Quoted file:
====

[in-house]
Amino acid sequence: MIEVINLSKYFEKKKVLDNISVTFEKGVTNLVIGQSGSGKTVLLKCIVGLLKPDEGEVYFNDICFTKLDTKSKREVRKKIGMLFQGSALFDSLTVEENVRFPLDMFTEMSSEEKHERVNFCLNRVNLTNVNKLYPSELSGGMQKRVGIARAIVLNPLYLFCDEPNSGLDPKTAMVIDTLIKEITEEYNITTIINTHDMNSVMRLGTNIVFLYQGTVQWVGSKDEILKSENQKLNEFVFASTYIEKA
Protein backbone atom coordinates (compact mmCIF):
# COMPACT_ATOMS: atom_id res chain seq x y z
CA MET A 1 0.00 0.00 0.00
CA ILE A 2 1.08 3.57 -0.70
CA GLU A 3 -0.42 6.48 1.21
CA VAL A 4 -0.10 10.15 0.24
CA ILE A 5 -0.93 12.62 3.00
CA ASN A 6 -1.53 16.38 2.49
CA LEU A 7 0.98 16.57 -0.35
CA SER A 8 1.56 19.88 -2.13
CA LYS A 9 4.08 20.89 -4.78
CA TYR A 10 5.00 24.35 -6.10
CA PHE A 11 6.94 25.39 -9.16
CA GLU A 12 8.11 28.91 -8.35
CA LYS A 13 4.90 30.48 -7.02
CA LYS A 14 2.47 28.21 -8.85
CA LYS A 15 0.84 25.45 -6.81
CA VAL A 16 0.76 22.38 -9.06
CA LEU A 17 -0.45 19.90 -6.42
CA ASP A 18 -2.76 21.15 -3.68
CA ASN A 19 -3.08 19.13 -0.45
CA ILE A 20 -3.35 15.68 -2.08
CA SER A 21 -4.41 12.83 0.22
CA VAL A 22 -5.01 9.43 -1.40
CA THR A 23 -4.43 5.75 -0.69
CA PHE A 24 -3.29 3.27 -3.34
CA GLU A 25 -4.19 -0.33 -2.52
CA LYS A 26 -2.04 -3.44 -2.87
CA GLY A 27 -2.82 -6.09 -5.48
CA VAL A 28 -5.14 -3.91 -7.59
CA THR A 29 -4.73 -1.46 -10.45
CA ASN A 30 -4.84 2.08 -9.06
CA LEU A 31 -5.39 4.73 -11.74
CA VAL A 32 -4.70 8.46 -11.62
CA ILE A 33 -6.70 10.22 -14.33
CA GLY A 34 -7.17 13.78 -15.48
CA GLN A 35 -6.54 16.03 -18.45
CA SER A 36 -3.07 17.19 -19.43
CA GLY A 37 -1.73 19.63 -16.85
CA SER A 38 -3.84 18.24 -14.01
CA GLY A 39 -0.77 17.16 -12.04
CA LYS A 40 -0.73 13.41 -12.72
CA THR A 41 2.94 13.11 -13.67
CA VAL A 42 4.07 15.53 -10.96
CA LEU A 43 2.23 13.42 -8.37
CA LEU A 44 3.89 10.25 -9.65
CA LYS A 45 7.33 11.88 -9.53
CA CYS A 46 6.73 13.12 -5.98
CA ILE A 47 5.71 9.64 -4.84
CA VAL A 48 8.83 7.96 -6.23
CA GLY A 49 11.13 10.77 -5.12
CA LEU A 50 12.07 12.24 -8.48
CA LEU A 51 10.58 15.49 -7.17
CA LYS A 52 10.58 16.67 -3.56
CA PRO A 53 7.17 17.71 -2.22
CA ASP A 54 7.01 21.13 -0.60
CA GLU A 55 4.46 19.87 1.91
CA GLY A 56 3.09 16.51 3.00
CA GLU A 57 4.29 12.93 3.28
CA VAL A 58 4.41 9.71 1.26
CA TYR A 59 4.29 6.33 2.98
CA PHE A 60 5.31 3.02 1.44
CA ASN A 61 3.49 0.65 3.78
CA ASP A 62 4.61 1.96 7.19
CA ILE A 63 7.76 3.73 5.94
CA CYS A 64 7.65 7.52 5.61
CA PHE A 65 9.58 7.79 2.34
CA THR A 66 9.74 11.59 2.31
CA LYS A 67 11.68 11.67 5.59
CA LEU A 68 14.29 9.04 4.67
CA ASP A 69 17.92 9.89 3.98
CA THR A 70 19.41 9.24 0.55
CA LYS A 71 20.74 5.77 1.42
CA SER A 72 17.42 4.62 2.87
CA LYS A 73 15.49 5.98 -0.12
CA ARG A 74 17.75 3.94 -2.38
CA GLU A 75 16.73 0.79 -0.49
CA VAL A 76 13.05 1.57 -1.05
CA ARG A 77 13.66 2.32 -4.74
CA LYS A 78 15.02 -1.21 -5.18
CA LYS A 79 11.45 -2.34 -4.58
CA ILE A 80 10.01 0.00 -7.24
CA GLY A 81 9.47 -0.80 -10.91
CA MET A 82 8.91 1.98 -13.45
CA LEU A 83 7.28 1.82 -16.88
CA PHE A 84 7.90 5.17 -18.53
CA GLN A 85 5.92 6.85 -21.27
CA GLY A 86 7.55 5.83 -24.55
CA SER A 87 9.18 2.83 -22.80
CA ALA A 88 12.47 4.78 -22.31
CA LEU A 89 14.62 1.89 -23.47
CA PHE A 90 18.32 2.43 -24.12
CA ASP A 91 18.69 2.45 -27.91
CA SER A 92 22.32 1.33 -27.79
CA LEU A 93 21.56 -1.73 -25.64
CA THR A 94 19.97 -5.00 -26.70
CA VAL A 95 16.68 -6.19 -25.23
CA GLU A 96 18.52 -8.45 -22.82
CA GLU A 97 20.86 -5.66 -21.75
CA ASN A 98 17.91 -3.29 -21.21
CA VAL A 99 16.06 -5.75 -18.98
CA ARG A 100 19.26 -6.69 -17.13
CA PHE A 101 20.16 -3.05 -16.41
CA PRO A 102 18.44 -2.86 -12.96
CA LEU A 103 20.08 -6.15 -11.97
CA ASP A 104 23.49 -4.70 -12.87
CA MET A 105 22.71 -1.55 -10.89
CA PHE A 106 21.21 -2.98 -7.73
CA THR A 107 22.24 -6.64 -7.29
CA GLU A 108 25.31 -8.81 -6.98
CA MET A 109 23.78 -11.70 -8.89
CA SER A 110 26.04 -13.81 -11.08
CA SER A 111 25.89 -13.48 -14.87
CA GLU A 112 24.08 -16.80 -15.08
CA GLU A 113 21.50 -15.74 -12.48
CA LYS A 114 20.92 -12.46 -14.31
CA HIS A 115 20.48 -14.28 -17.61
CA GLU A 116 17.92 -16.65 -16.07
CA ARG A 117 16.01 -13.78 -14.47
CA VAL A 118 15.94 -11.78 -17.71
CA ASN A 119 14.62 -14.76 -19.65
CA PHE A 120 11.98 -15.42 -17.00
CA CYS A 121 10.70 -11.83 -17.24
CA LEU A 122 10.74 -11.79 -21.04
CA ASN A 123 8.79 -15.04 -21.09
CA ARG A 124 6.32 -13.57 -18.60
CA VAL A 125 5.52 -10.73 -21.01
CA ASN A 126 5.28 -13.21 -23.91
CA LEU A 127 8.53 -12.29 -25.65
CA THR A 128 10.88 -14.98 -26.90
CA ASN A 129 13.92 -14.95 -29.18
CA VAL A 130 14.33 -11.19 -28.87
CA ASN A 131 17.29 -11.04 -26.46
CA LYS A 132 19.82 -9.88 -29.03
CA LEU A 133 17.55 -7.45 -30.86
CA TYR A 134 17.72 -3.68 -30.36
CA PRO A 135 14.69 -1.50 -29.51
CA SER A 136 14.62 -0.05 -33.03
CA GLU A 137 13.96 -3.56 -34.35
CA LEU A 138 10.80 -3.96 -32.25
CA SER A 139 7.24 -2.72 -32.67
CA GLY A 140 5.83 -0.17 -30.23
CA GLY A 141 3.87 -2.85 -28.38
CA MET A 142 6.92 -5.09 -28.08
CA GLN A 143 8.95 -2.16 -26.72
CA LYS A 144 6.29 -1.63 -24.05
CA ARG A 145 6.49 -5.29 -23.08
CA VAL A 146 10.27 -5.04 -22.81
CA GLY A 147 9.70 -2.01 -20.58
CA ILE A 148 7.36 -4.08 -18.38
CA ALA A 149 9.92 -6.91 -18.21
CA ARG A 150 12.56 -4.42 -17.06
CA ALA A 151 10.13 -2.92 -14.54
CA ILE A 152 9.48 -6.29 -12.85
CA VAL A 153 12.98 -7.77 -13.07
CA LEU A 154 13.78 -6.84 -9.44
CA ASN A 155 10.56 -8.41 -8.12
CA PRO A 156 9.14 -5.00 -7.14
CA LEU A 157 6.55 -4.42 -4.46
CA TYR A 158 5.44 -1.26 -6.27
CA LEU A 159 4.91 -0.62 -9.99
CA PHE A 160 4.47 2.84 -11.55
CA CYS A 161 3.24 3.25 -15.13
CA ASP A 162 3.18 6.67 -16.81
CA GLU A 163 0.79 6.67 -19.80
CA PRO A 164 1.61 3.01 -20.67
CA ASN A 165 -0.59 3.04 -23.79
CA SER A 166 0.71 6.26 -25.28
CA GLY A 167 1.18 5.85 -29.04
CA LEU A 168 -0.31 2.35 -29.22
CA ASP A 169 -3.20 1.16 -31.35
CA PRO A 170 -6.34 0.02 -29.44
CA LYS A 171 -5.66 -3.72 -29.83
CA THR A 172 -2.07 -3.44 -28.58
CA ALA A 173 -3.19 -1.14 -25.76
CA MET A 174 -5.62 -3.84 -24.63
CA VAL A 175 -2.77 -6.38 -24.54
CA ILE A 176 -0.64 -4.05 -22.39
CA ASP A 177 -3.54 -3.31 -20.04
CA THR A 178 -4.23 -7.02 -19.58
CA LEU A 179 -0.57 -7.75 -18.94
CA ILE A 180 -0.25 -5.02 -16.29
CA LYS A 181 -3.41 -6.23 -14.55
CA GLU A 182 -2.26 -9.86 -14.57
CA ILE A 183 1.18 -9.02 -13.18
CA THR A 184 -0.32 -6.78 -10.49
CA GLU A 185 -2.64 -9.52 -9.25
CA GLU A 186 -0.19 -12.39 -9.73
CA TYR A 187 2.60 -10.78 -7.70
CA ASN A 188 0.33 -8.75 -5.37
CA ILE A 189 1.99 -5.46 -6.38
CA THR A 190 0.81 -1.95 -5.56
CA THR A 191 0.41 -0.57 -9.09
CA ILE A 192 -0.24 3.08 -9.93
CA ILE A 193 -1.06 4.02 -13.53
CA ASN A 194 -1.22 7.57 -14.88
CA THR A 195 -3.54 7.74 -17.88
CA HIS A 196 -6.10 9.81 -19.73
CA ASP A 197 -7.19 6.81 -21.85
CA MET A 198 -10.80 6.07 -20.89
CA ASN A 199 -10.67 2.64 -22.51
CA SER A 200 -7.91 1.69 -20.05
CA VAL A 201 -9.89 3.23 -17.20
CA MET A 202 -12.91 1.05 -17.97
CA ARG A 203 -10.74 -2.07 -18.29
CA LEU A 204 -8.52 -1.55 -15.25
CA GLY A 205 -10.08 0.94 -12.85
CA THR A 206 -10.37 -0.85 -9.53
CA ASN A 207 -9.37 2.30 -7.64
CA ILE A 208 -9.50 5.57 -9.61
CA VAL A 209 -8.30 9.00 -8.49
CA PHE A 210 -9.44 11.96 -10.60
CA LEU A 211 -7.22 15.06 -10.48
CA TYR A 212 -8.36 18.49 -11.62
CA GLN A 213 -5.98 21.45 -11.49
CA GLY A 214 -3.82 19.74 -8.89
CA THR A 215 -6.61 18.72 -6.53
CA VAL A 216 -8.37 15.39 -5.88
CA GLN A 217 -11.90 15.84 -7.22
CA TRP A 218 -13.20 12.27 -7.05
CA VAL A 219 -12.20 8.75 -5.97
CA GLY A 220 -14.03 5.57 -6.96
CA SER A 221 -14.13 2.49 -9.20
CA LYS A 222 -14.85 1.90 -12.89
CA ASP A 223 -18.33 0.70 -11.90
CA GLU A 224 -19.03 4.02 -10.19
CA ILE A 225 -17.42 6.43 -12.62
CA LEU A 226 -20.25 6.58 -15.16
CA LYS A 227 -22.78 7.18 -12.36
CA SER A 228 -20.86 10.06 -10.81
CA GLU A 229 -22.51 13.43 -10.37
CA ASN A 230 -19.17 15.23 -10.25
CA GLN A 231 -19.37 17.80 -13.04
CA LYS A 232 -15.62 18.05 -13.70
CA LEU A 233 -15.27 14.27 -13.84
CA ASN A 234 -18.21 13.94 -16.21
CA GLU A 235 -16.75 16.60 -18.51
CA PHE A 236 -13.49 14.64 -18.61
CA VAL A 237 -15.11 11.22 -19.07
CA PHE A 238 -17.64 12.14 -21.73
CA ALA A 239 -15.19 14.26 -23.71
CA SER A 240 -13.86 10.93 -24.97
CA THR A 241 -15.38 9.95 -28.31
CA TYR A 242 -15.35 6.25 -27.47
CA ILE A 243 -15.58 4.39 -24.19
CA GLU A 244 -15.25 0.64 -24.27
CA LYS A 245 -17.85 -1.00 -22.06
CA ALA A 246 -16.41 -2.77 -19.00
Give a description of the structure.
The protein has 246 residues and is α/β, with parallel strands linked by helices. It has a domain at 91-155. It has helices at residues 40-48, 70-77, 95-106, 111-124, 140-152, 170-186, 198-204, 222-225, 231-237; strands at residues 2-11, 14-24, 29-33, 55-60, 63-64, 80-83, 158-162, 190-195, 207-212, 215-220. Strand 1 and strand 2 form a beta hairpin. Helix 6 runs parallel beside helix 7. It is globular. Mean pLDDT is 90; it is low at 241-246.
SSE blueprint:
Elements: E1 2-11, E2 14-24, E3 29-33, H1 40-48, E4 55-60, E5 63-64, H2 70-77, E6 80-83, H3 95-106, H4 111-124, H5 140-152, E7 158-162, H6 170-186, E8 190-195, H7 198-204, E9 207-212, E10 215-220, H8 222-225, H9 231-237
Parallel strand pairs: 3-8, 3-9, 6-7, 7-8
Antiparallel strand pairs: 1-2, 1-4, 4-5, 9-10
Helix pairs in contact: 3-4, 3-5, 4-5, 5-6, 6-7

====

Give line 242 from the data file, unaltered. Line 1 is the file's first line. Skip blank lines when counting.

CA PHE A 238 -17.64 12.14 -21.73